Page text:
Experts say children are developing video game addiction

NEW YORK — Revenue from video games is expected to reach $100 billion this year and kids are logging more playing hours than ever.

According to Nielsen, the average amount of time people in the US aged 13 and older spend playing video games each week rose to 7.8 hours in 2017, up 60% from 2011.

Even the World Health Organization expressed their concern, adding gaming disorder to its International Classification of Diseases.

“They are absolutely addictive. They affect the same part of the brain that we see with gambling and other types of addictions,” says Dr. Jodi Gold, Director of The Gold Center for Mind, Health and Wellness and author of Screen Smart Parenting.

Experts say developers are finding new ways to keep kids engaged, from free games available on multiple devices, to its social network aspect.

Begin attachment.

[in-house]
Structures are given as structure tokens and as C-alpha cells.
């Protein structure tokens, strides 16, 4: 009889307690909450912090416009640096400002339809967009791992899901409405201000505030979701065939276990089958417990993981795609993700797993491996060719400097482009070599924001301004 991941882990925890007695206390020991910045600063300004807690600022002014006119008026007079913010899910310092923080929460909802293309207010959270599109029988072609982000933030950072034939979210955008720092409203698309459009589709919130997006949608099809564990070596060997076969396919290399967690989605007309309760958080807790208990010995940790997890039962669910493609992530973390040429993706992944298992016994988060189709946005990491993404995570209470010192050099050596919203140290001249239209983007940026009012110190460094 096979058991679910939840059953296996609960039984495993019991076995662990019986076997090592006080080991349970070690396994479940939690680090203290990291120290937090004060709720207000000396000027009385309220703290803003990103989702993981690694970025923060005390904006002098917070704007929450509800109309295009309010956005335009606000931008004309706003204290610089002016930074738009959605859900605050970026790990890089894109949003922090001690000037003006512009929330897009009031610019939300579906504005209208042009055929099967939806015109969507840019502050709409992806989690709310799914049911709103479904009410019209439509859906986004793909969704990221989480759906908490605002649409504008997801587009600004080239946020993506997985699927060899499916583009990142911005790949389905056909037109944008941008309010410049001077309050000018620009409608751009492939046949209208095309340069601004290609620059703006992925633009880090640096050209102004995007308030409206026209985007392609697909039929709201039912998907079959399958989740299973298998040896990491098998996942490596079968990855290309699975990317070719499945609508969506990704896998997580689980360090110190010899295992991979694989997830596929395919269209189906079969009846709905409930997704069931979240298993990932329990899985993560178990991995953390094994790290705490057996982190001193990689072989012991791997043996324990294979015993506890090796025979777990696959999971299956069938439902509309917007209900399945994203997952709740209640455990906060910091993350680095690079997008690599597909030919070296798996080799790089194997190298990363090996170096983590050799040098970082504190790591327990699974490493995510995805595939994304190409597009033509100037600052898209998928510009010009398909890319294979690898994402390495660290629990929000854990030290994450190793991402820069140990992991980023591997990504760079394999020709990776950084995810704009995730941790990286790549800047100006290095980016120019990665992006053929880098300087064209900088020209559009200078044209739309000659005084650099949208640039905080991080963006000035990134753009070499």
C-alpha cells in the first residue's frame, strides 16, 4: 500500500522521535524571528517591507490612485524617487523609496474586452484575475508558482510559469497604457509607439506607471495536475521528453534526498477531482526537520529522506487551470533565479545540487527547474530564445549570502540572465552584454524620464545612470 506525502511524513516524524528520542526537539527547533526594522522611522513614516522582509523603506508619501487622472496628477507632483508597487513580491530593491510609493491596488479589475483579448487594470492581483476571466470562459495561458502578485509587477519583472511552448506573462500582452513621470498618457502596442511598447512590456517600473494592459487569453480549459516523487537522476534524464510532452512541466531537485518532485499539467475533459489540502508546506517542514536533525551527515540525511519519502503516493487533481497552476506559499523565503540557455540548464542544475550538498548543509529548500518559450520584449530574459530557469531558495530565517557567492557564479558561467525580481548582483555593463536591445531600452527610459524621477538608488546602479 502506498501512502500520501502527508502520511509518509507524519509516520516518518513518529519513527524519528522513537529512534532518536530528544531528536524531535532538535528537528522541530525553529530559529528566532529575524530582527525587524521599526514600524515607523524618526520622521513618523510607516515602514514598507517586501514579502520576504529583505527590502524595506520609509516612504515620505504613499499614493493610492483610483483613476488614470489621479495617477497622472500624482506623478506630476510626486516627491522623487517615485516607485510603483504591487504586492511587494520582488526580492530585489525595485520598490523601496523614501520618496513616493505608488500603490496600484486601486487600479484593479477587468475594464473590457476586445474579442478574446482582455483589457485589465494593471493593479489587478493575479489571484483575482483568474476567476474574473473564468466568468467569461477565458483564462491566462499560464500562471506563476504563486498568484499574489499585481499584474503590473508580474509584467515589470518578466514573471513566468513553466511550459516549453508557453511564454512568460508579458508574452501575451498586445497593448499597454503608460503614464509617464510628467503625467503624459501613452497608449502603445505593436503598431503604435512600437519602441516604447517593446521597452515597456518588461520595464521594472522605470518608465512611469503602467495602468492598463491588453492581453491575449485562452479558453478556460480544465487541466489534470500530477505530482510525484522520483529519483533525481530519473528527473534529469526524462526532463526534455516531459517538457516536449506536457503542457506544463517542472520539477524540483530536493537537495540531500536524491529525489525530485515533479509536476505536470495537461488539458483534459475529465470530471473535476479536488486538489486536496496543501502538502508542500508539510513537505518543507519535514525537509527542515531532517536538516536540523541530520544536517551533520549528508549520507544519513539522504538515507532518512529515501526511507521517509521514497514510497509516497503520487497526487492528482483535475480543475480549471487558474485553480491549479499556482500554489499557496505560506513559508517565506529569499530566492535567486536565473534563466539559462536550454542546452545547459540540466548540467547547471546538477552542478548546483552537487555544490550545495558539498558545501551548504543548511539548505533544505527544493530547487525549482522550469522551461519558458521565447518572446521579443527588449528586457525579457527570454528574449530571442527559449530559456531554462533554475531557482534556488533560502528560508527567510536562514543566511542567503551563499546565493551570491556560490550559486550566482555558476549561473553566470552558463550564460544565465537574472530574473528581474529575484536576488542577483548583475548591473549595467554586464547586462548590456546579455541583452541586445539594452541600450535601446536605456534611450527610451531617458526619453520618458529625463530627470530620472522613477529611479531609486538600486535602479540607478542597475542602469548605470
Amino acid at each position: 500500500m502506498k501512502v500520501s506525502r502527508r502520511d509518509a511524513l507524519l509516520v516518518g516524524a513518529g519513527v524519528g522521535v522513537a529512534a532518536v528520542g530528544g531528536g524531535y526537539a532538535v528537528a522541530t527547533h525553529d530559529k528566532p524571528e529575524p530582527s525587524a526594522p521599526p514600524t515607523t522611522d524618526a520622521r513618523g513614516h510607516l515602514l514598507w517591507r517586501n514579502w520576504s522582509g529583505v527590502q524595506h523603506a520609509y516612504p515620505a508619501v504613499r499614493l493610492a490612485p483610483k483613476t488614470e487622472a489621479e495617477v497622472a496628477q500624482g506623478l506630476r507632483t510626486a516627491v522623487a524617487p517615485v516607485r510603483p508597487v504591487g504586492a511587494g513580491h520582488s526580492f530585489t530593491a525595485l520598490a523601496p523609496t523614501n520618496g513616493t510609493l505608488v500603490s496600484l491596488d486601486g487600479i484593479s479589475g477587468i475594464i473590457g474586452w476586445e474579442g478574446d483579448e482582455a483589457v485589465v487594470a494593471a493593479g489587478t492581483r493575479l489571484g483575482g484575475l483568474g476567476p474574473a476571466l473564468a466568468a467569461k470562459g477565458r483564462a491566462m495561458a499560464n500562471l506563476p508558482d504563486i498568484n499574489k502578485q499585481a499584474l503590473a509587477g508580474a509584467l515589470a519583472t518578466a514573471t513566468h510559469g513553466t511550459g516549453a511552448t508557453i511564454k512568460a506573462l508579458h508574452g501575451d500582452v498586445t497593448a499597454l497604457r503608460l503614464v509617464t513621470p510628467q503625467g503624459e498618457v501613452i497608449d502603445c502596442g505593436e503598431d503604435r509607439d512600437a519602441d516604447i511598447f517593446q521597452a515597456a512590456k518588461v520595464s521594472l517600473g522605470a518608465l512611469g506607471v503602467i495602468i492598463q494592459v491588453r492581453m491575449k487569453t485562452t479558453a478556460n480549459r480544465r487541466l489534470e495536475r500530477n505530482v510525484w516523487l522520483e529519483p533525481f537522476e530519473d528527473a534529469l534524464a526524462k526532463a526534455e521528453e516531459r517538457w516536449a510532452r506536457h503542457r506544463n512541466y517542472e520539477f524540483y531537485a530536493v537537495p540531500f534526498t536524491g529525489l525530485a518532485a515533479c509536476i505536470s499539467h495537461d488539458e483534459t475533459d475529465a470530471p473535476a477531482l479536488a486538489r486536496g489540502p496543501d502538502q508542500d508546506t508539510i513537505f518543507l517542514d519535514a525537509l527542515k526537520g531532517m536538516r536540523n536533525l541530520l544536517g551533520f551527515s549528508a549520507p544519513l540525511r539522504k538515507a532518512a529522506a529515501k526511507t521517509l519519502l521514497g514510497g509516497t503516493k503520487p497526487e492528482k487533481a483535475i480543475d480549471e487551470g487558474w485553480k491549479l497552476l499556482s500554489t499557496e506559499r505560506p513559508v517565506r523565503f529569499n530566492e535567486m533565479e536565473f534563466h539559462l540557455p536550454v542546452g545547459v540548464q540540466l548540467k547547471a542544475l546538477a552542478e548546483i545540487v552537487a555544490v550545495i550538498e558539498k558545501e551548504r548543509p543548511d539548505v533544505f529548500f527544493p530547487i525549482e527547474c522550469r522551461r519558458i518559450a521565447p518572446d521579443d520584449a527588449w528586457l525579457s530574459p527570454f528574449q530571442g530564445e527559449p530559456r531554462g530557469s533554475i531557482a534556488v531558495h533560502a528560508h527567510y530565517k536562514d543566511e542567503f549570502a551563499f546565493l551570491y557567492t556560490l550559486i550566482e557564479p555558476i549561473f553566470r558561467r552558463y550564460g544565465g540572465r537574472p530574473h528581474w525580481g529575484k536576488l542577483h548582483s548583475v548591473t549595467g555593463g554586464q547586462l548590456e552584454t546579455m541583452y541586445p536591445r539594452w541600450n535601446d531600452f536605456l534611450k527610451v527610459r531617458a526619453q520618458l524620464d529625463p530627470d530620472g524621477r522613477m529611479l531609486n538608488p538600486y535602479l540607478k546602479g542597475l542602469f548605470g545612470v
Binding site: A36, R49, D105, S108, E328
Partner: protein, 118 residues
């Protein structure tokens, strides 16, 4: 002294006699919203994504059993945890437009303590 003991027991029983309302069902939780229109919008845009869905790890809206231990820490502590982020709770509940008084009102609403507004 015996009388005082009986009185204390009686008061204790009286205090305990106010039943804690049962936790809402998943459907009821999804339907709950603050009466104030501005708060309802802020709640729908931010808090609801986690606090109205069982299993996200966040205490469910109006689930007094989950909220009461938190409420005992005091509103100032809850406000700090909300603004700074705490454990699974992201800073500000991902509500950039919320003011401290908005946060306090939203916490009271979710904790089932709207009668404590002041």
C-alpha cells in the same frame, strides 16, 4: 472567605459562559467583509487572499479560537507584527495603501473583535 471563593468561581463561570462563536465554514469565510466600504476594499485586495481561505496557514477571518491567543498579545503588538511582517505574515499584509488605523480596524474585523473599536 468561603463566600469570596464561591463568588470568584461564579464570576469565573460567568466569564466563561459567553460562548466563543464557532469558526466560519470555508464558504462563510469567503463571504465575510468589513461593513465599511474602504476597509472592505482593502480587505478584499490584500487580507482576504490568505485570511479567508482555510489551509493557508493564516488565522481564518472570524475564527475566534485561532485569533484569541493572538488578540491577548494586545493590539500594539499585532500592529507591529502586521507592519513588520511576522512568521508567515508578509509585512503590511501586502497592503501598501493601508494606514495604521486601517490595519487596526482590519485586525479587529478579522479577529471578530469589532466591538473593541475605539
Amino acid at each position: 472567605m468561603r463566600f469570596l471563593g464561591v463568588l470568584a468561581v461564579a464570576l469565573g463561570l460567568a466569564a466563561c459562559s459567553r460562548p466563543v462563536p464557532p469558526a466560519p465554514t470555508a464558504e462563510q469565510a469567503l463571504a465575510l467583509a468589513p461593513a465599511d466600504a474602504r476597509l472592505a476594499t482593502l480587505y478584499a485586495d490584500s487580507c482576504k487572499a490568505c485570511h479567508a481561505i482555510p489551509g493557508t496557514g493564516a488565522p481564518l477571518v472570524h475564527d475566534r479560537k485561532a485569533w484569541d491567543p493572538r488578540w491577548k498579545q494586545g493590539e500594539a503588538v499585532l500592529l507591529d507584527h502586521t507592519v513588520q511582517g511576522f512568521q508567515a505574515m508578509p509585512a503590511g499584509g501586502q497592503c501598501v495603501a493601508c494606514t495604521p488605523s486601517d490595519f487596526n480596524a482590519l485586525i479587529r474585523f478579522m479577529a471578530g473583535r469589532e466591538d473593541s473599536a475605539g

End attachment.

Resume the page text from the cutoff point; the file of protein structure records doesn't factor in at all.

Games like Fortnite, which has accumulated at least 125 million players since its July 2017 debut, is constantly adding new updates.

How can families find that happy medium of screen time?

“What does not work is to say that you can play for an hour, you can play for 35 minutes,” Dr. Gold said.

“You need to tell your child, all right I’m going to play to the next level, or if that takes too long I agree I’ll get off in 30 minutes.”

Notice: you are using an outdated browser. Microsoft does not recommend using IE as your default browser. Some features on this website, like video and images, might not work properly. For the best experience, please upgrade your browser.